NIPT (Noninvasive prenatal testing)

NIPT is a blood test that screens for Down syndrome and other chromosomal conditions – and it can tell you whether you're having a boy or a girl.

close up of blood draw
Photo credit: / chee gin tan

What is NIPT?

NIPT (noninvasive prenatal testing) is a blood test used to screen for Down syndrome and a few other chromosomal conditions. (It doesn't test for all chromosomal disorders.) NIPT is also known as cell-free DNA screening (cfDNA). Or you may have heard it called MaterniT21, a brand name.

The test is available to all pregnant women, and some healthcare providers offer it to all of their patients. The cost varies widely, but most insurance plans cover at least a portion of the fee.

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Some labs will use the NIPT to screen for additional conditions. Work with your provider or a genetic counselor to decide which conditions you want your baby to be screened for. While NIPT screening for some conditions is very accurate – and very helpful for many families – some of these added tests have high inaccuracy rates.


Benefits of NIPT

NIPT is a simple procedure that provides a lot of useful information. There are some good reasons why it's such a popular test:

  • It's not invasive. A simple blood draw taken at a regular prenatal checkup is all you need. There's no need to schedule and take the time for an invasive procedure, like amniocentesis or CVS.
  • It's perfectly safe for you and your baby and carries none of the potential risks of some other testing. (Amniocentesis and CVS carry a small risk of miscarriage, for example.)
  • While you'll need follow-up diagnostic testing to confirm results, negative results provide a high degree of accuracy – and reassurance – for a number of conditions.
  • It's available very early in pregnancy, at 9 to 10 weeks pregnant or later.
  • Results are provided fairly quickly (within a couple of weeks, often sooner).
  • If you want to know, the test can tell you if you're having a girl or a boy.

Is the NIPT test conclusive?

No, NIPT is a screening test, not a diagnostic test. That means the results don't indicate for sure whether your baby has a chromosomal condition. So, a "normal" NIPT result doesn't guarantee a healthy baby, and an "abnormal" result doesn't mean your baby definitely has a certain condition.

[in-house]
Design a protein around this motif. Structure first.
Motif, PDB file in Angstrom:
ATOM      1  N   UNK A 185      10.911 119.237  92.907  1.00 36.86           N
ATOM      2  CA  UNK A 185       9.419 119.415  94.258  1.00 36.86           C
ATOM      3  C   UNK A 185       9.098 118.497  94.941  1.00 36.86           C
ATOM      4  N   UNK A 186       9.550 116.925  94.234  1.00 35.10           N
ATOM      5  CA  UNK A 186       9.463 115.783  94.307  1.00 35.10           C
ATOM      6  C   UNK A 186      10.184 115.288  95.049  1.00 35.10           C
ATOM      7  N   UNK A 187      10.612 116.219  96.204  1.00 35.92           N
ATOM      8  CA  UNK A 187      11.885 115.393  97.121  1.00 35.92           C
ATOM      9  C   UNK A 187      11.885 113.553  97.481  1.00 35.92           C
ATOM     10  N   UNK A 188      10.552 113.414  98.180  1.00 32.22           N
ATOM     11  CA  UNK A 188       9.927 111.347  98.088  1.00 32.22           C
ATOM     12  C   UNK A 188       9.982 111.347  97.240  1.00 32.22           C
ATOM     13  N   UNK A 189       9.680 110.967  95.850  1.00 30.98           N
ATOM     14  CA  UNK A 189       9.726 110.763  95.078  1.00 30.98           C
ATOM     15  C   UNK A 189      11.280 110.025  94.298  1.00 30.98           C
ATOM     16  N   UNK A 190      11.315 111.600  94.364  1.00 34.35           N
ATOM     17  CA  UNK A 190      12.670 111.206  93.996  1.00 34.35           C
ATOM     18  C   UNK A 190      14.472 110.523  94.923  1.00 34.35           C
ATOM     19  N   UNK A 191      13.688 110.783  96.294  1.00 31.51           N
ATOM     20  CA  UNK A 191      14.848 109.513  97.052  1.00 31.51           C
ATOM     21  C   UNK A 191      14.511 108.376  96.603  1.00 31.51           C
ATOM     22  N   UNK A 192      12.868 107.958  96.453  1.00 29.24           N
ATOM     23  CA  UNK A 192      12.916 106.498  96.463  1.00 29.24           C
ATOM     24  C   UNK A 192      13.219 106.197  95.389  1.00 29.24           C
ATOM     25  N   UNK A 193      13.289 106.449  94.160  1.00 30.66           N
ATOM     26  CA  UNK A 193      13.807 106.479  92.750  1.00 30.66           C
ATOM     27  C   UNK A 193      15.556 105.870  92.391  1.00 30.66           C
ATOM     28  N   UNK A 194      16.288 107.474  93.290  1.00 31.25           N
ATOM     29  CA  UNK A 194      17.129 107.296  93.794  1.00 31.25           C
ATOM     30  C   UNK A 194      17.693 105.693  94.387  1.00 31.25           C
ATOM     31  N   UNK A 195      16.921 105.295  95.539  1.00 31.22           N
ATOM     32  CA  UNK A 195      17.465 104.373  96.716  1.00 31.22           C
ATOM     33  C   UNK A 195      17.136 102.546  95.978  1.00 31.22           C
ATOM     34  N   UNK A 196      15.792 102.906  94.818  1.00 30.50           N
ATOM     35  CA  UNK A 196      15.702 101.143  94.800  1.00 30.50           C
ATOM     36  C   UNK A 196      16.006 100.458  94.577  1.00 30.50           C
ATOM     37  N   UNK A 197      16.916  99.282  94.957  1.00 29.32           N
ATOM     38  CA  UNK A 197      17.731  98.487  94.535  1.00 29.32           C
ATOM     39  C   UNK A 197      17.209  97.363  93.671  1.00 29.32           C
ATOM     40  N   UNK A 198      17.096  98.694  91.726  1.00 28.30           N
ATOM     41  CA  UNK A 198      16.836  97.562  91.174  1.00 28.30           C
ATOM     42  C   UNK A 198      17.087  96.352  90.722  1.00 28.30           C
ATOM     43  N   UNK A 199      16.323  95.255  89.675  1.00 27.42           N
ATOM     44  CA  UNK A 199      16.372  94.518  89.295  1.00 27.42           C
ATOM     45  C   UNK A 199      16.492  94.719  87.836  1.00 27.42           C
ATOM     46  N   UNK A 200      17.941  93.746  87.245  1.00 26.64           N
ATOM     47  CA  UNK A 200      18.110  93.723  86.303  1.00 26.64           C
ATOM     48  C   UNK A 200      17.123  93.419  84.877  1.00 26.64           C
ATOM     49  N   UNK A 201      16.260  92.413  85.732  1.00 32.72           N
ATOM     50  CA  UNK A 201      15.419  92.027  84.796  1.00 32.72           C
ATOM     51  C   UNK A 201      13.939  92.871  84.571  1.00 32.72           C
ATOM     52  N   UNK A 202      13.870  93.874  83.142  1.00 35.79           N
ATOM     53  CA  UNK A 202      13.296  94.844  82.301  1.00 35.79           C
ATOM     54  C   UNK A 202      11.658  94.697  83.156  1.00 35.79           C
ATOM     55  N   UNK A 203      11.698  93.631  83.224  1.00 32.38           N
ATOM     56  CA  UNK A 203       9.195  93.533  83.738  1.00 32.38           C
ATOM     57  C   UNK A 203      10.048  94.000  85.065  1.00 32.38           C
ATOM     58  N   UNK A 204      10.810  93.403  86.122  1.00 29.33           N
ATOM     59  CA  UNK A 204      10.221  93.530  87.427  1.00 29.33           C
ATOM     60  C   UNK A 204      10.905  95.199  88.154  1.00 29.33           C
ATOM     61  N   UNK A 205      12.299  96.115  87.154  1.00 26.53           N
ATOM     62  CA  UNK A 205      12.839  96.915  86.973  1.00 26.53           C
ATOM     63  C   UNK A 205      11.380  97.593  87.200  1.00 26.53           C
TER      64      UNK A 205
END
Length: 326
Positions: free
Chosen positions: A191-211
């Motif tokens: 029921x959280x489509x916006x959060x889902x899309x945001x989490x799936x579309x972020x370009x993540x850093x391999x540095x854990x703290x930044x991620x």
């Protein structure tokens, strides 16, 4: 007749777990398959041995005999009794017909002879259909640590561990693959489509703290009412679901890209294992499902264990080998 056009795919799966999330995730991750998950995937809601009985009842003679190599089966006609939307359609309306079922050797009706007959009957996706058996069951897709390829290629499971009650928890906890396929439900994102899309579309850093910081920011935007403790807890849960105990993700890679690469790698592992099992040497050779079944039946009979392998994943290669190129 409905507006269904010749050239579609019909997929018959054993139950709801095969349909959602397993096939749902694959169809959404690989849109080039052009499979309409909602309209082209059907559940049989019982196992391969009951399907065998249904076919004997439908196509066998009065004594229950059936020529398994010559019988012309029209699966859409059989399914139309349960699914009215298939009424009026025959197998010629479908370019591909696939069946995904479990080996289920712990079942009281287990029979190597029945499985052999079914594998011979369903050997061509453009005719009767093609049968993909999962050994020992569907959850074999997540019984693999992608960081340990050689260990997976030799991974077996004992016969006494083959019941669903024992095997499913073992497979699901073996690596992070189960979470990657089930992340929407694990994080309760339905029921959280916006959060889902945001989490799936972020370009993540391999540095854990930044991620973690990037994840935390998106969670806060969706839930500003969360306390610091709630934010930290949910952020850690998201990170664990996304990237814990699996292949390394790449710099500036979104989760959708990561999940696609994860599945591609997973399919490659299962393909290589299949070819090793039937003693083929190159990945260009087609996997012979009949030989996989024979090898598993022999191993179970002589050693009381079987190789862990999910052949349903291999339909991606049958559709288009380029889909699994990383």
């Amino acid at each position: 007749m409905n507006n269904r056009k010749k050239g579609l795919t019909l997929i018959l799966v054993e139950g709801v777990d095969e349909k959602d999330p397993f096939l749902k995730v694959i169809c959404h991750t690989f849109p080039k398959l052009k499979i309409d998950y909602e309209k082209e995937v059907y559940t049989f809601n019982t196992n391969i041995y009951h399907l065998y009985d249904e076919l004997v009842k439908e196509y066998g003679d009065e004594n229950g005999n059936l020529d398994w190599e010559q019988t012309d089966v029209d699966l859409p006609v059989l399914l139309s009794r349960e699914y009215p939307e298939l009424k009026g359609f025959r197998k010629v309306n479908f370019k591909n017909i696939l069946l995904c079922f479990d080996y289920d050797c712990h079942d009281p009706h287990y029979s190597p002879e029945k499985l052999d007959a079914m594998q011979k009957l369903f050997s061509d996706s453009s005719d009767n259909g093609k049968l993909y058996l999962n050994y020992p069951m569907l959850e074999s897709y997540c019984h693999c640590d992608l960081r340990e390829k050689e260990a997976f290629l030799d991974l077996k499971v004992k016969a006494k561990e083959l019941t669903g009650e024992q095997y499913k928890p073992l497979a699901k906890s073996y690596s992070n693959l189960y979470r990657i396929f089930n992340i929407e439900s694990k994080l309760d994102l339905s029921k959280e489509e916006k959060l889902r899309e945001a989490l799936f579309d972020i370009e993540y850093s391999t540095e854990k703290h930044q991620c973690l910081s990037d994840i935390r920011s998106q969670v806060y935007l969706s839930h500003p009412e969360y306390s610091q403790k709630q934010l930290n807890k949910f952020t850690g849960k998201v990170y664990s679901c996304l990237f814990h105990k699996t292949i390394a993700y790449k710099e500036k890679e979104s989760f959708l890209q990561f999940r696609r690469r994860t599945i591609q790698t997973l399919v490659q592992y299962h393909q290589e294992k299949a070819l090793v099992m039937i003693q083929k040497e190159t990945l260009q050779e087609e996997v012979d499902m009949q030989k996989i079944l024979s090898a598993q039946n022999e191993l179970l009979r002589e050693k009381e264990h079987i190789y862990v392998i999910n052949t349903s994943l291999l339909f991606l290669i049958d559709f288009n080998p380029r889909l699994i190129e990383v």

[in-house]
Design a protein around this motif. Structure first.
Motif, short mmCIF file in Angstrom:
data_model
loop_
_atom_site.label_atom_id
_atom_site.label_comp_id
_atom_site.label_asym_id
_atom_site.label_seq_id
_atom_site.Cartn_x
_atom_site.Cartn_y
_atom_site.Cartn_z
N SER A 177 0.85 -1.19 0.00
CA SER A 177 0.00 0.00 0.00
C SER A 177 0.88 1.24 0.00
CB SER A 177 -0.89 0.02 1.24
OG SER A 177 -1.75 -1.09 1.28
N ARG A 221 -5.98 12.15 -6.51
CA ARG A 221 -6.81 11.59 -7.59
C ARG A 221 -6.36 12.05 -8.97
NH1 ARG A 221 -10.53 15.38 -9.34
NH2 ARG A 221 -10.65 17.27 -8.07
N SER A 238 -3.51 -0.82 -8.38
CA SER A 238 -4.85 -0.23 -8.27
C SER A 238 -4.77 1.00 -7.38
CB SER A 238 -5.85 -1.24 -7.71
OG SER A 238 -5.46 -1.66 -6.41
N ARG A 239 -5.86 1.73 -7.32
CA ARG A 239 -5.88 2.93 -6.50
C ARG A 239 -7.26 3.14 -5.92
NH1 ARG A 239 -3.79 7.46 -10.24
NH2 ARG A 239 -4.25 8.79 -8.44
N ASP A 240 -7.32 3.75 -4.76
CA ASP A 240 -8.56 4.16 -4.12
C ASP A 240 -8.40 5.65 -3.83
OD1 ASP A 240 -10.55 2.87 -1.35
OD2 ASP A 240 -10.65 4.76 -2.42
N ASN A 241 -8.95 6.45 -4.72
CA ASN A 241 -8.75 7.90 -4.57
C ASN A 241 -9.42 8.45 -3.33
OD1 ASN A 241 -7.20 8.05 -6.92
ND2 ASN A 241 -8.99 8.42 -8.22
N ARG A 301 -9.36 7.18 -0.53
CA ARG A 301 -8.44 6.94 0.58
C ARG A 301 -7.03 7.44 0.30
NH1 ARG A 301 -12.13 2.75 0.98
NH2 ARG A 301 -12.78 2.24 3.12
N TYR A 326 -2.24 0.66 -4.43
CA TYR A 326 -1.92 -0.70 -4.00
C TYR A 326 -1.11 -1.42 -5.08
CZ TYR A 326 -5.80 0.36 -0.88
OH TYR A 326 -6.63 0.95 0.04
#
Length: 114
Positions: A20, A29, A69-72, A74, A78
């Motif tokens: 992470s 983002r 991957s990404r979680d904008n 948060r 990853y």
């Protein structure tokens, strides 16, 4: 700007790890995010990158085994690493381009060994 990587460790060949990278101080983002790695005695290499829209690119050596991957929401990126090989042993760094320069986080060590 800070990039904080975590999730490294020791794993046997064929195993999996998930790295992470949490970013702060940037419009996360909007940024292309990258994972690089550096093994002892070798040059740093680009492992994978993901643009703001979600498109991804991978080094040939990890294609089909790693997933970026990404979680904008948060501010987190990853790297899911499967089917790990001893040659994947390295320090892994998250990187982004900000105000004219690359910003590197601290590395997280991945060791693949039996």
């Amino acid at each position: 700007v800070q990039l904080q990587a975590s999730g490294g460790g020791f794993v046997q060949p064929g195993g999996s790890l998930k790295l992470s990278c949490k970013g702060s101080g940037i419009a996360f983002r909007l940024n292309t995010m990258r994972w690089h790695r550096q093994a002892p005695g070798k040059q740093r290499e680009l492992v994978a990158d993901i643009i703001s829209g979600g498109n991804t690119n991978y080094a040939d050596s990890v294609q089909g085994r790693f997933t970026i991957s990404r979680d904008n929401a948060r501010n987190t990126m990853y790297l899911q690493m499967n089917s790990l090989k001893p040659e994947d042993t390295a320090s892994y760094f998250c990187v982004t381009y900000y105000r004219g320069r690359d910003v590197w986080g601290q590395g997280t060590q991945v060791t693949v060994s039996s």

That said, when testing for the major conditions (see below), the NIPT test is very accurate – especially if you get a negative result.

For example, when testing for Trisomy 21 (Down Syndrome), the negative result accuracy of the test is 99.5 percent. If you get a negative result, there's less than a 1 percent chance that it's incorrect. For Trisomy 18, the negative result accuracy is 97.7 percent, and for Trisomy 13 it's 96.1 percent. If you get a negative result for these conditions, there's a high likelihood that the test is correct and you can feel fairly confident that you don't need any further testing.

If you get a positive result, however, the accuracy is less reliable. That means you could get a "false positive" result that would be concerning and might lead you to have additional testing. For Trisomy 21, the chance of a positive result being correct ranges from 33 percent to 83 percent. (The accuracy range is a bit lower for Trisomy 18 and Trisomy 13.) Your more likely to get a false positive if you're at low risk of having a baby with a chromosomal condition. (Risk depends on factors such as your age and whether you have another child with the condition.)